Post by belgiumreporter on Sept 17, 2016 15:08:36 GMT -5
i've got a soft spot for old (photo) shops. They have that uniqueness to them as mostly they are run by one person or family who take care of everything, from sales to interior and exterior decoration, window display ad so on. I found this shop (or what's left of it) in a small village on the Antwerp left bank. I am unaware if ever they sold miranda cameras, or if the owners daughter was called Miranda (hence the shop name).
What i do know is that the shop seems to be out of buisness for a long time as the billboard on the door says : New years action, buy a Agfa camera, projector,movie camera or electronic flash and get a long playing record with international christmas songs for free! Today the complete house is for sale, who knows what comes free with that purchase?
PS i would love to buy that shop just to display my camera collection in a period way.
Another indication that the shop has been closed for a long time is the Agfa-Gevaert logo. They sold their consumer imaging division and stopped marketing film and cameras to the public about 2004. However, they still make film for aerial photography which is repackaged and sold by Lomography, so if you really want some Agfa film, you can still get it. Sort of.
I only know this because I recently bought a Kodak No. 2-A Autographic Brownie which had film in it, tightly wound onto the take-up spool, and looking to be in excellent condition. However, the small section of the paper backing that I could see, even unrolling a little bit, just says "EXPOSED" and "FOLD HERE" - - no manufacturer's name and no film type. I knew only that the film was 116 size, and because it was on the old metal and wood type spools, I guessed was at least 50 years past its expiration date.
I got the film off the spool, onto a developing reel, and into a tank, hoping that the other end of the backing was labeled. It wasn't. It just says "START." But the little paper strip is still there, and it says:
MADE IN WILLIAMSTOWN MASS.
MADE IN U.S.A.
Before developing this old film, which may contain nothing but fog or nothing at all, I'm trying to find Gevaert's development suggestions to use as a starting point. No luck so far, and I'll just take a guess at it before long. Research over the past few days indicates that Gevaert started making film in the U.S. around the end of World War II, having bought an old factory building in Williamstown, a small town in the north-west corner of Massachusetts, about 112 miles = 180 kilometers from Boston.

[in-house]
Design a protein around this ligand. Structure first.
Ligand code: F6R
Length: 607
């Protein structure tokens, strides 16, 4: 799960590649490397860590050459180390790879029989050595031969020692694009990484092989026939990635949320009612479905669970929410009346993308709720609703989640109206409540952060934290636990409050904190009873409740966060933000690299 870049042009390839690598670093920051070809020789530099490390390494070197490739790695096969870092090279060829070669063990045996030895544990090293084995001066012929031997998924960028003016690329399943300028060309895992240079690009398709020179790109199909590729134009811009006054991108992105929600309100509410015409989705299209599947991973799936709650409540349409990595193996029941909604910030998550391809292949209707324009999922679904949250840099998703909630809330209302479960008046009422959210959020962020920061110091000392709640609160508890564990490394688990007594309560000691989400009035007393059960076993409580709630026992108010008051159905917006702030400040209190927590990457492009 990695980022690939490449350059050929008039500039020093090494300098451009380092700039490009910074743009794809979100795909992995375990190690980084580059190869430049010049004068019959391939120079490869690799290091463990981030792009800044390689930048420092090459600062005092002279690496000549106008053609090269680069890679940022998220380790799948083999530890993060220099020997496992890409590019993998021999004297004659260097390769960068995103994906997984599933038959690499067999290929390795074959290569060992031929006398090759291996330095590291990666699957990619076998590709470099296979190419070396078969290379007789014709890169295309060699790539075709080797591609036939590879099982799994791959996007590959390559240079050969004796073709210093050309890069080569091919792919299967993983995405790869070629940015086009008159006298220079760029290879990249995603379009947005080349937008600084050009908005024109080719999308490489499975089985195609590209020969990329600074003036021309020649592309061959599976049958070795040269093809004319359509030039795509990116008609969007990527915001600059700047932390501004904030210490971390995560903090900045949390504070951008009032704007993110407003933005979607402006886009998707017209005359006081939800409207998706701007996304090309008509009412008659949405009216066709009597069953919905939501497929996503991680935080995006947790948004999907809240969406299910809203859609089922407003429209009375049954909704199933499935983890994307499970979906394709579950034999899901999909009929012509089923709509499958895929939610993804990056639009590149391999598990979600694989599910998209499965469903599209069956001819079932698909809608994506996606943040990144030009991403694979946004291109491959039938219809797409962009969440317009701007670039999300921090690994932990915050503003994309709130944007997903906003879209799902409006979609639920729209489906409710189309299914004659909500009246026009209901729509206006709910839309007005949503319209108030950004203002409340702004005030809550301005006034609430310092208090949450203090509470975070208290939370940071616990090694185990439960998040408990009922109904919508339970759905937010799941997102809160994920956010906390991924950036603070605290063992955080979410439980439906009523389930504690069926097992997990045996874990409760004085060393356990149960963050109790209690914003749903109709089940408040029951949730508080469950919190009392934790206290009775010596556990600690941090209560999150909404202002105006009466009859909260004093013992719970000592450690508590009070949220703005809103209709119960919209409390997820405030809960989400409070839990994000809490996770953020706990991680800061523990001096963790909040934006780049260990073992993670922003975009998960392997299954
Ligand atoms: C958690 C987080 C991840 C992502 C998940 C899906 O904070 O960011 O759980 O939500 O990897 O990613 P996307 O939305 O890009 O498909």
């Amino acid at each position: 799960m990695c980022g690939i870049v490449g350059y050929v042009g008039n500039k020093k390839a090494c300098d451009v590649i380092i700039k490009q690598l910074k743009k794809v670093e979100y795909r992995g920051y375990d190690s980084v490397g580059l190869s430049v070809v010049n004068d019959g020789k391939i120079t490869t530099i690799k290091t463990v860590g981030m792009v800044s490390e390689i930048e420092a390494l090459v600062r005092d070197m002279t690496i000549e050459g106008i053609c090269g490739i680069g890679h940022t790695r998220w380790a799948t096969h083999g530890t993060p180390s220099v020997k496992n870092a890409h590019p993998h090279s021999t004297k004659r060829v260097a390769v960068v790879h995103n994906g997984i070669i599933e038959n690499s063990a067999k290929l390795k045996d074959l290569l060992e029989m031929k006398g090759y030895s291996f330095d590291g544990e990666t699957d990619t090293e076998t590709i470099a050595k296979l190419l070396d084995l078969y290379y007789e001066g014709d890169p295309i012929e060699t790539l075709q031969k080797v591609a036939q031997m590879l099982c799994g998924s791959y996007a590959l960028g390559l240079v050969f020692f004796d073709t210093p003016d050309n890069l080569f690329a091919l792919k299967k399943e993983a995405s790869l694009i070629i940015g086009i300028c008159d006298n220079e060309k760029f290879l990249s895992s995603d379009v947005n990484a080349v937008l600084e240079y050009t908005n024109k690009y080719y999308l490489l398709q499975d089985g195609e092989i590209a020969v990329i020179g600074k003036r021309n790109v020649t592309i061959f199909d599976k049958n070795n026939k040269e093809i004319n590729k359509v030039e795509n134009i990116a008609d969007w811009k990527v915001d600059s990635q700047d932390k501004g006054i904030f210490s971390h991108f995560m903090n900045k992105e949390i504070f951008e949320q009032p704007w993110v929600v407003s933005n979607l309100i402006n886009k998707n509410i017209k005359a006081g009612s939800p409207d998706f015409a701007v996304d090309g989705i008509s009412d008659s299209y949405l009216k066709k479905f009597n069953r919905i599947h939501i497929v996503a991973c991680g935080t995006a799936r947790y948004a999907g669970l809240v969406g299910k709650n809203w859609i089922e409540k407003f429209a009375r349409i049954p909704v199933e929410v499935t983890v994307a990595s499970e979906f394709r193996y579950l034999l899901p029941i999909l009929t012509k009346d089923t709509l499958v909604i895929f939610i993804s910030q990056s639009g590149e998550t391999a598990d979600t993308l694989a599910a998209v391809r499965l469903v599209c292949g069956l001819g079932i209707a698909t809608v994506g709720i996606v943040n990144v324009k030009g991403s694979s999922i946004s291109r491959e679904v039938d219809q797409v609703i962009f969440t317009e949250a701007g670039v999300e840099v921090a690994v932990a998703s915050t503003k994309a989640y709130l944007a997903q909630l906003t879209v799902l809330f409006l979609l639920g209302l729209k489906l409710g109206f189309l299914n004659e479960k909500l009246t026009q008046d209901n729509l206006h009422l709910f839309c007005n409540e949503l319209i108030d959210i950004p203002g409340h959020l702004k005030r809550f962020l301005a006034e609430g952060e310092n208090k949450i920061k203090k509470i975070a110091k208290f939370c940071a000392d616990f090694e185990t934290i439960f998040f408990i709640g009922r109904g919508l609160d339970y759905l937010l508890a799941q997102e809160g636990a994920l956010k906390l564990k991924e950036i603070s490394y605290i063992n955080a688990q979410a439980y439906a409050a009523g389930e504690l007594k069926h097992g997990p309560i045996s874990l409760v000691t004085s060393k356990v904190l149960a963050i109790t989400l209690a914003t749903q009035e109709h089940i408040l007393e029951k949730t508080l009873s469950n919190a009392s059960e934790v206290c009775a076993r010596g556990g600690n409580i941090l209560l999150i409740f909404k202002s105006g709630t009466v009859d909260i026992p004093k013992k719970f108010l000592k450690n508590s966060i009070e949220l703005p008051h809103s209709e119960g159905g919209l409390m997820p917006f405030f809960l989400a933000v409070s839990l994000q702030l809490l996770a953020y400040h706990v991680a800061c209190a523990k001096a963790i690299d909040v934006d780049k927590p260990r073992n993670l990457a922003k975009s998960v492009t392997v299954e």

116 film is 70mm wide. I have one Nikkor reel in that size and the film is on it. The film was tightly curled, although not as badly as some I've had. To relax it a bit I wrapped it around a cylinder that would just fit in the developing tank and let it sit for a couple days before loading it onto the reel.
HC-110 is my usual developer, and also what Kodak Customer Service suggested for some 2x3 Super Panchro Press Type B that I got with a baby Speed Graphic. Expiration dates on the film boxes were 1952 - 1964. Developed in November 2010 - - 46 years later. Or 58. The film was extremely fogged and blotchy, but several images could be made out through the damage. Here's the best one - a straight copy without any Photoshopping.
And here's a picture I took of some cabinet doors on an unexposed sheet of the same film.
OK, so the film is developed - - if anyone cares. 10 minutes in HC-110. It's not badly fogged - more than zero, but not too bad. Eight frames as expected. However, the contrast is extremely low and it is difficult to decide what I'm seeing. Several are clearly people, but beyond that I can't say anything. If I were forced to guess, I would say that the images were all underexposed quite a bit and would have produced very thin negatives even if developed promptly. I may scan one, or rephotograph it, and try to boost the contrast in Photoshop. Or not.
These are the most readable images. Rephotographed the negatives and pushed the contrast, brightness, and levels sliders around in Photoshop. Quickly done - not enough image to work with to justify much more time on this "found film."